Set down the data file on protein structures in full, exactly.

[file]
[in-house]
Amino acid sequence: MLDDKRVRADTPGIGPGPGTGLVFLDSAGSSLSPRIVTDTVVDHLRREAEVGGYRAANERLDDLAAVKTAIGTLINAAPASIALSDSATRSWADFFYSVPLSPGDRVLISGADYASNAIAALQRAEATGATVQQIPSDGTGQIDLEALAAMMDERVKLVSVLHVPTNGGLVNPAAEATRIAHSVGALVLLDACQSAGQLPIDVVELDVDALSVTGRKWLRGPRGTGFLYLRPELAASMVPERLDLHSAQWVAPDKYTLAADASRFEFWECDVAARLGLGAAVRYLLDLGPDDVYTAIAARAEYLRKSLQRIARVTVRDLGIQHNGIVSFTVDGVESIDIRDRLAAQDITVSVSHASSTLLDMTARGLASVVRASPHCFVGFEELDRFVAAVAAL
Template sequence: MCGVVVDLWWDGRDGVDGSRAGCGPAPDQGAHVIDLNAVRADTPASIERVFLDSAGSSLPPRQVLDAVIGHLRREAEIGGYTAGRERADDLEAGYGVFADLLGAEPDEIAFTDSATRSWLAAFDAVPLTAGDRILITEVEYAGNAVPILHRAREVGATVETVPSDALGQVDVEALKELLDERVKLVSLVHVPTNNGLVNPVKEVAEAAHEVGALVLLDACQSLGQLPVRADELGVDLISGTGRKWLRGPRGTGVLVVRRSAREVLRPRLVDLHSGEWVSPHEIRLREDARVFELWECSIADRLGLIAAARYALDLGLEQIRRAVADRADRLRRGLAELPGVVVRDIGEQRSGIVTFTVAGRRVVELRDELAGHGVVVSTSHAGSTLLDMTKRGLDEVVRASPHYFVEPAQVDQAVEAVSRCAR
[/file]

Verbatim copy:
[in-house]
Amino acid sequence: MLDDKRVRADTPGIGPGPGTGLVFLDSAGSSLSPRIVTDTVVDHLRREAEVGGYRAANERLDDLAAVKTAIGTLINAAPASIALSDSATRSWADFFYSVPLSPGDRVLISGADYASNAIAALQRAEATGATVQQIPSDGTGQIDLEALAAMMDERVKLVSVLHVPTNGGLVNPAAEATRIAHSVGALVLLDACQSAGQLPIDVVELDVDALSVTGRKWLRGPRGTGFLYLRPELAASMVPERLDLHSAQWVAPDKYTLAADASRFEFWECDVAARLGLGAAVRYLLDLGPDDVYTAIAARAEYLRKSLQRIARVTVRDLGIQHNGIVSFTVDGVESIDIRDRLAAQDITVSVSHASSTLLDMTARGLASVVRASPHCFVGFEELDRFVAAVAAL
Template sequence: MCGVVVDLWWDGRDGVDGSRAGCGPAPDQGAHVIDLNAVRADTPASIERVFLDSAGSSLPPRQVLDAVIGHLRREAEIGGYTAGRERADDLEAGYGVFADLLGAEPDEIAFTDSATRSWLAAFDAVPLTAGDRILITEVEYAGNAVPILHRAREVGATVETVPSDALGQVDVEALKELLDERVKLVSLVHVPTNNGLVNPVKEVAEAAHEVGALVLLDACQSLGQLPVRADELGVDLISGTGRKWLRGPRGTGVLVVRRSAREVLRPRLVDLHSGEWVSPHEIRLREDARVFELWECSIADRLGLIAAARYALDLGLEQIRRAVADRADRLRRGLAELPGVVVRDIGEQRSGIVTFTVAGRRVVELRDELAGHGVVVSTSHAGSTLLDMTKRGLDEVVRASPHYFVEPAQVDQAVEAVSRCAR